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Management of quality.

Management of quality

In an age when computers, peripherals and software are widely considered to be out of date within a couple of years, and fit only for disposal after around five years, there is more than a hint of oxymoron about the expression ‘green IT’.

Users of computer systems are constantly being bombarded by the ‘green’ message, to draw attention to the energy efficiency of products and the reduction in energy consumption and storage space that can be achieved by the latest technology. This is certainly important, given the results of a survey by Garner predicting that around half of data centres worldwide will soon begin to experience difficulty getting sufficient power and cooling to support their high-density equipment. Another study, meanwhile, reveals that energy costs are likely to account for almost a third of IT budgets by 2011 – up from below 10% today.

These figures take no account of the considerable amount of energy used in producing a personal computer. According to one estimate, each machine requires ten times its weight in raw materials to manufacture. Energy efficiency can, then, go a long way towards making computers more efficient. But James (Computer Weekly, 18 Sep 2007) points out that the greatest environmental savings are likely to arise from extending the useful lives of the computers, keyboards, screens and printers already manufactured.

The European Union’s Waste Electrical and Electronic Equipment Directive, which came into force in June, is a clear example of the way things are going. It indicates that replacing complete computer systems every few years, which has hitherto been standard business practice, is unlikely to be quite so acceptable or easy to achieve in the future.

For the moment, says James, too many organizations are content to allow their old computers and peripherals to languish in storerooms or under disused desks. The article points to the need for more schemes that promote the reuse of computers in charity and other not-for-profit organizations, and in third-world countries.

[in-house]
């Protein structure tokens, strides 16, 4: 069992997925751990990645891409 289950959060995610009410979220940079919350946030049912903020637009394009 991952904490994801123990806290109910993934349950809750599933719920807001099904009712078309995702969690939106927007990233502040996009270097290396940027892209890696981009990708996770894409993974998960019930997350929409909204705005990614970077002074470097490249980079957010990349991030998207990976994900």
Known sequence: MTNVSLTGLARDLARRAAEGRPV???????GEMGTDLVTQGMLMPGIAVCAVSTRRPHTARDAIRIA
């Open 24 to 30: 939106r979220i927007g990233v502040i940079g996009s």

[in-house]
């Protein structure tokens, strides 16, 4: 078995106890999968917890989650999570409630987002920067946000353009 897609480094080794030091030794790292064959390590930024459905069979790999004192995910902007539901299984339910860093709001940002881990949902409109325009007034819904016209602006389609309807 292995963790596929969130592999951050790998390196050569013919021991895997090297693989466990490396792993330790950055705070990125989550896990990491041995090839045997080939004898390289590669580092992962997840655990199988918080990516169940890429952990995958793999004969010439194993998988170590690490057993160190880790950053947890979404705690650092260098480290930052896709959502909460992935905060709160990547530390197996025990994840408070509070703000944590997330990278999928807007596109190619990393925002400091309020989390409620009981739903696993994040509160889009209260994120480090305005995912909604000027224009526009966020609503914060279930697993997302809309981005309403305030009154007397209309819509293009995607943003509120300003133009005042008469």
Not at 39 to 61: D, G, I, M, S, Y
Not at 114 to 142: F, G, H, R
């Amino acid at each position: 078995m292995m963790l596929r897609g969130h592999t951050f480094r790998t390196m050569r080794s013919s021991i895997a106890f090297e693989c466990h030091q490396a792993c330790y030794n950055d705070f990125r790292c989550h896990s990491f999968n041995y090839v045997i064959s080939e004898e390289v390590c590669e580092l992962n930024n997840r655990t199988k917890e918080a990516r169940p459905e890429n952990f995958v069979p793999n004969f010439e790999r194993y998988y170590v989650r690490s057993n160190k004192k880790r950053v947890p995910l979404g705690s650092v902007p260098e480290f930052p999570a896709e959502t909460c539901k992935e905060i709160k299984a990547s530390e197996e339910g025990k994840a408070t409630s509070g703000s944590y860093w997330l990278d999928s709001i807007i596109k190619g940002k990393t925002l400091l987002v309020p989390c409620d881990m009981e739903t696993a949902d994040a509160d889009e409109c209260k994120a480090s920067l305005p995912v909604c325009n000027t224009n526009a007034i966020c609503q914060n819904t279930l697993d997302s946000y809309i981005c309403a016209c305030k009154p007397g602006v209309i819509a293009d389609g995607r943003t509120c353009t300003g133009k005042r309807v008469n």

James also looks forward to the time when products such as Ndiyo’s Nivo are more widely used. The author describes this as a ‘thin client’ solution to enable a small network to be set up with a single personal computer and a few screens and keyboards.

Whitby (Computing, 20 Sep 2007) believes that, despite the onerous restrictions that green IT will place on companies, they will eventually embrace environmental measures because it is good business sense to do so.

In this context, Levinson (Quality Digest, Oct 2007, Vol 27 No 10) highlights good practice from manufacturing industry. The author points out that the main obstacle to eliminating waste is the failure to identify it in the first place, and highlights ways in which carmaker Ford has overcome this problem.

Ford, it seems, now habitually uses several small components to make a product rather than casting a large piece and then machining away any unwanted metal. Among Ford’s other initiatives are distilling wood, and using steel-mill slag for manufacturing concrete and paving products.

Levinson quotes an adage from the meat industry – that it uses everything but the squeal – and advises manufacturers to think the same way when designing an environmental-management system.